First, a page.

According to a recent Afro-barometer survey, 53% of Ghanaians say the level of corruption in the country has risen over the past year, with 80% of Ghanaians of the view that either some, most, or all of the President and officials in his office are involved in corruption. According to the 2019 Auditor General’s Report, unaccounted funds from 2017 to 2019 for Public Boards, Corporations, and other Statutory Institutions amounted to GHS20 billion. Also, Metropolitan, Municipal and District Assemblies (MMDAs) could not account for GHS50.4 million from 2017 to 2019. All these have and continue to occur under a President who promised to protect the public purse, contributing to Ghana’s decline in the ease of doing business ranking from 108th in 2016 to 118th in 2020.  According to the World Bank, this was attributable to the introduction of five percent straight levy in 2018, comprising the Ghana Education Trust Fund (GETFund) and the National Health Insurance Levy (NHIL) straight levies at 2.5% each, thus, making the payment of taxes more complicated and more costly as they became a cost to businesses.

In spite of the above, the Akufo Addo-led Government introduced seven new taxes in the 2021 budget, further exacerbating the cost of doing business particularly in a post Covid-19 recovery era. This was reaffirmed by the indices of economic freedom, where Ghana obtained an average score of 57.28 between 2017 and 2020 as compared to 78.63 between 2013 to 2016, representing a decline of 21.35 and percentage change of 27.15%, and indicating a decline in investor confidence in the Ghanaian economy as opposed to the President’s suggestion of creating a level playing field for businesses, whether foreign or domestic, as a way of attracting investments into the country.


Again during the interview, President Akufo Addo stressed the need for Africans to look within and not depend on the generosity of foreign nationals and their tax payers for Africa’s economic prosperity, thus, reinforcing the central theme of his governance of achieving “Ghana beyond Aid”.

President Nana Akufo-Addo
Despite the President’s re-emphasis which has today been confirmed to be mere rhetoric, it is sad to observe that Ghana’s debt stock has ballooned from GHS122billion as at December 2016 to GHS291.6billion as at December 2020, according to the 2021 budget statement, an increase of 139 percent excluding the financial sector bailout. This represents about 76.1% of GDP including financial sector bailout, with domestic debt obligations comprising 39.1% of GDP, and external obligations 37% of GDP at a period of “Ghana beyond Aid” – This is very disappointing as the World Bank predicts that Ghana’s debt to GDP will reach 81% by 2023. According to the Economic Intelligence Unit (EIU) report issued in April 2021, Ghana is hardly able to ensure prudent debt servicing through prompt payment of maturing principals accruing from official credit facilities, thus, leaving the country in a position which can be described as highly debt distressed.

The dire situation Ghana faces today was exacerbated by the President’s apparent refusal and lack of leadership, amid reasonable counsel from well-meaning Ghanaians especially Civil Society Organisations (CSOs), to constitute a Post Covid-19 Economic Recovery Team to facilitate the development of medium to long term growth and recovery strategies; empower the Manufacturing sector by boosting health supply chain; and ensure reduction in size and expenditure of Government with the objective of lessening the financial impact on the economy.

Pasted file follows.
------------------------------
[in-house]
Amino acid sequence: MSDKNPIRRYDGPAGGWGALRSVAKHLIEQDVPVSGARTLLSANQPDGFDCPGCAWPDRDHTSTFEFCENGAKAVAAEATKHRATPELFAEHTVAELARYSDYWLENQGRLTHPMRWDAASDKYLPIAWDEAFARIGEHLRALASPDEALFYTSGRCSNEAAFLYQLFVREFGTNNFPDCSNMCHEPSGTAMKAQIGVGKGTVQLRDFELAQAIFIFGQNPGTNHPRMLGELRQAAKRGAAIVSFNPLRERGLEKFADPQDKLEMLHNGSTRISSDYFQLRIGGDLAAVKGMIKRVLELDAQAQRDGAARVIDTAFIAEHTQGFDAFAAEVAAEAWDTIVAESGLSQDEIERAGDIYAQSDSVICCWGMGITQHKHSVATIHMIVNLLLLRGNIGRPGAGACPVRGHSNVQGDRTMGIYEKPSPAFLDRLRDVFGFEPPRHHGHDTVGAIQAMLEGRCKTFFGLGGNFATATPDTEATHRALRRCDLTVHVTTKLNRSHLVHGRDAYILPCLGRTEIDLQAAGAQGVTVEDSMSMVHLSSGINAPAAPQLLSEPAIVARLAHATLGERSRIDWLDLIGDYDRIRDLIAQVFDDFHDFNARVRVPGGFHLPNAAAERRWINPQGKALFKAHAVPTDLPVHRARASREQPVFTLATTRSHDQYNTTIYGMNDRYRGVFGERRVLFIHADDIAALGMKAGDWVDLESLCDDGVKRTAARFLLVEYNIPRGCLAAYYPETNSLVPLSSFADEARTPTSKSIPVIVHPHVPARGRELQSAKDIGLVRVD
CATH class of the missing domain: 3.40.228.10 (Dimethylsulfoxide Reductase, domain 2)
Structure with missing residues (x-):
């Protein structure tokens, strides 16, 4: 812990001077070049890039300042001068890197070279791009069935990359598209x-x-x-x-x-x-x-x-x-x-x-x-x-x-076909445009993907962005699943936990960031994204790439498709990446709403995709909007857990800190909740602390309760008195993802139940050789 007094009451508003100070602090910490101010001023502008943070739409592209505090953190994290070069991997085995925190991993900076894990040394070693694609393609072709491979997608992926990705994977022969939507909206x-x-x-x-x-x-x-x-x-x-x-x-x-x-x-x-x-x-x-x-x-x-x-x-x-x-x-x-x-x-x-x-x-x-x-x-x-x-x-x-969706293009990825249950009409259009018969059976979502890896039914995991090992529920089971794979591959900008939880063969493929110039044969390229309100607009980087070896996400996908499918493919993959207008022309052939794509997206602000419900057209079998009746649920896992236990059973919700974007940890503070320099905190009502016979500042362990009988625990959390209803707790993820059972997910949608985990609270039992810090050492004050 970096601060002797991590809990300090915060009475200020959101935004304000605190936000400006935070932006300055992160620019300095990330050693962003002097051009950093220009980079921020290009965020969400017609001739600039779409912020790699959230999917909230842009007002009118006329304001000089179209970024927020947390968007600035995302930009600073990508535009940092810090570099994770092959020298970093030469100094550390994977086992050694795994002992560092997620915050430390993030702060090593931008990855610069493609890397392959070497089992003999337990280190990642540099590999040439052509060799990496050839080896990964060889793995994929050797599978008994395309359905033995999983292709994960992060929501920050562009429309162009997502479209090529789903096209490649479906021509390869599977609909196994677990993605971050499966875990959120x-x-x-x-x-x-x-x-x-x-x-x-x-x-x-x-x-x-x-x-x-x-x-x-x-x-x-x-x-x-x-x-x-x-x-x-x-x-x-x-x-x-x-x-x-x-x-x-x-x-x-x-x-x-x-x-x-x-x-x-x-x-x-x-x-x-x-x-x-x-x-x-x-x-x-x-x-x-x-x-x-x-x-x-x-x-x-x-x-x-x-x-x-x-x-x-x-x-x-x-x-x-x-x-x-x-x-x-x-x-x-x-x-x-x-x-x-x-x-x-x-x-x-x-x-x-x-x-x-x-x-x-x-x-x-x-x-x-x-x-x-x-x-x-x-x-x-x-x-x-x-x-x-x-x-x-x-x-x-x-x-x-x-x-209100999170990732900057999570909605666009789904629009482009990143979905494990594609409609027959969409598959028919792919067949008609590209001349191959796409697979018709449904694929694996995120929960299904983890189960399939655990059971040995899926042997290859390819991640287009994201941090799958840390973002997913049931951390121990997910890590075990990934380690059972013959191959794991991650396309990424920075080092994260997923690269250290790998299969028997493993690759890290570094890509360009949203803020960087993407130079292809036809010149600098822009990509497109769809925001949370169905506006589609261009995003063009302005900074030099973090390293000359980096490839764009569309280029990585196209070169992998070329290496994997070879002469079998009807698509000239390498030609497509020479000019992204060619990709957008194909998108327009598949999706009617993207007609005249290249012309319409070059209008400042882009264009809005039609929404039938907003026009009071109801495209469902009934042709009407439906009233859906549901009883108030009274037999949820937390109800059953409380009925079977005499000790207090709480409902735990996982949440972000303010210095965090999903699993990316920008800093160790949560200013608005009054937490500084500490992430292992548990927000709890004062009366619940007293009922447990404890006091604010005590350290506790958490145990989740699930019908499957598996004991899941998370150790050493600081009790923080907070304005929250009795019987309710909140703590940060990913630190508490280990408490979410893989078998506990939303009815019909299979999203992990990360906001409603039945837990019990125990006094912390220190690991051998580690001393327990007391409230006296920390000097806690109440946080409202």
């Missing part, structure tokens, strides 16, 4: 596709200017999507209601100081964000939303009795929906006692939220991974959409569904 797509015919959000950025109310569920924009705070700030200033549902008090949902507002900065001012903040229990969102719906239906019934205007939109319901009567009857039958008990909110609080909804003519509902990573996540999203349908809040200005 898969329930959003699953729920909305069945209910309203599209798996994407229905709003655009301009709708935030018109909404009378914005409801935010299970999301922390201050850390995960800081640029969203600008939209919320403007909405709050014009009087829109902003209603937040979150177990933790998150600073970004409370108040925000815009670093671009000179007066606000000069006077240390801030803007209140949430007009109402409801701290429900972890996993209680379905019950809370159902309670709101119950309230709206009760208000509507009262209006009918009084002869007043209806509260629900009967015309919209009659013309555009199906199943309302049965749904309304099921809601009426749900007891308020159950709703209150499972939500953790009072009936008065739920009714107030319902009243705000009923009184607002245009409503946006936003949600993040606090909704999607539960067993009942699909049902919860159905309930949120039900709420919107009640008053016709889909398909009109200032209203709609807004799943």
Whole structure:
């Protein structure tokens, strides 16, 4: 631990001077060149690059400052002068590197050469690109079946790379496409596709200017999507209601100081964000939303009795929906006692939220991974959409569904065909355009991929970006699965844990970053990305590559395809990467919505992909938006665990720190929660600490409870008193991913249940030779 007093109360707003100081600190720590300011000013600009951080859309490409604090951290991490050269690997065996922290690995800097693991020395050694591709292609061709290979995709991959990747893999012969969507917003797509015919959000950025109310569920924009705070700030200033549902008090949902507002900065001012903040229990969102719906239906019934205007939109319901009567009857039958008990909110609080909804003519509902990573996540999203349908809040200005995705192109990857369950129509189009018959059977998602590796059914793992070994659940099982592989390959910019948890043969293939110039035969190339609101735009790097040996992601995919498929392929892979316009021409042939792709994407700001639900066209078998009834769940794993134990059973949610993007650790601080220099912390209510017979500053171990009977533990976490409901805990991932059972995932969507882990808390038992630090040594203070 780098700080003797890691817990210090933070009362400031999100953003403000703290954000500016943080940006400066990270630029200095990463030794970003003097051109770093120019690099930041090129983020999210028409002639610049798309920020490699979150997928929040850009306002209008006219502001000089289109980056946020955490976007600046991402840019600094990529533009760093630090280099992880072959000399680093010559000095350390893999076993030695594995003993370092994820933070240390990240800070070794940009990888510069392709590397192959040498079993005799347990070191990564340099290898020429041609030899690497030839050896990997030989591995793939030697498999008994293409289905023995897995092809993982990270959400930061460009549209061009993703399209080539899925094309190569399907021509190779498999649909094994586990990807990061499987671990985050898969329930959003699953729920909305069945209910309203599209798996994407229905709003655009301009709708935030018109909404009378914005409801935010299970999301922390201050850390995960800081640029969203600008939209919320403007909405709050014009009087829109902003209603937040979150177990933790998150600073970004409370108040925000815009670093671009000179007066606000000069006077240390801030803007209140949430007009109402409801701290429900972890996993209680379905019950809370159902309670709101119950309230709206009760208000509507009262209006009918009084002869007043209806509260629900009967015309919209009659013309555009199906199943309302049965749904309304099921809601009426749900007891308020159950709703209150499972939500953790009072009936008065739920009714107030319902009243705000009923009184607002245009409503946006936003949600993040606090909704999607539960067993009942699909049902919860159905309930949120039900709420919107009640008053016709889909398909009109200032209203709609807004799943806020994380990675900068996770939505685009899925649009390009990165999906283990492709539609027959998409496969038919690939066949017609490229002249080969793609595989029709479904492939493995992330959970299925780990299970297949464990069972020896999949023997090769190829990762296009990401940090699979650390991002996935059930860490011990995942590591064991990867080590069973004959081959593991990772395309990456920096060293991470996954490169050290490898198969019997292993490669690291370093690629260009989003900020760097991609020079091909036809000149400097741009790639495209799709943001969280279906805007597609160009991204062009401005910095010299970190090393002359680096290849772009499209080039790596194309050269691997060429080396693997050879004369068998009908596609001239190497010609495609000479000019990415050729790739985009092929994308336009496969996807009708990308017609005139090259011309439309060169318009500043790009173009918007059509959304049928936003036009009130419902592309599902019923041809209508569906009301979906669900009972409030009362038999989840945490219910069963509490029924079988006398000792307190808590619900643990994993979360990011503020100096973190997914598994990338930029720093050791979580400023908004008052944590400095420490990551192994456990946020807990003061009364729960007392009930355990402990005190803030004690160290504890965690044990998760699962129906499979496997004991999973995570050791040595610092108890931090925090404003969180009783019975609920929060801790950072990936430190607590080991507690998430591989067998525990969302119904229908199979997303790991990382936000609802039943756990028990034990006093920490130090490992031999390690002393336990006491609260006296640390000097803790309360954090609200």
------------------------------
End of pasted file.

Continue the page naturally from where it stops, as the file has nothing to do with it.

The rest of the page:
All these and more in light of the responses by the President shows a Commander-in-Chief who is weak in fighting corruption and lacks the know how in administering a country towards the path of self-sustained economic growth. We must constantly remind ourselves of our duty to be honest and open minded: These are core leadership values that show our sensitivity to the plight of the people.


In conclusion, In the heat of the #FixTheCountry campaign where many young people especially, took to social media to express outrage about a number of issues confronting the country, one would have thought government would have assuaged the anger and fears of citizens by admitting its shortcomings and limitations and reaffirm its commitment to improve their lot. Instead, government sadly chose to lie to the people. it is time for political leadership to be sincere, open and accountable to the people.

Also, the security concerns arising out of the culture of silence, social media uproar in the hashtag #FIXTHE COUNTRY are all sufficient notice for political leaders to show good faith with the people they lead. For now the man in charge is His Excellency Nana Addo Danquah Akuffo-Addo, who must provide sincere leadership than create the impression that he does not know the true state of affairs in Ghana today. Legitimacy of leaders thrives on honesty, honor, sacredness of obligations, faithful protection and unselfish performance. Without these you cannot lead. The President must be sincere in the fight against corruption or lose his legitimacy as President of the republic.

As the voice of ordinary Ghanaians living in Madina, my duty is to hold government and for that matter the president to his high oath of office and to his social contract with the people and to that I commit myself.

Hon. Francis-Xavier Sosu is a private legal practitioner, human rights activist, Member of Parliament for Madina Constituency, member of the Appointments Committee, and Deputy Ranking Member of the Constitutional, Legal and Parliamentary Affairs Committee of Parliament. The writer can be contacted via: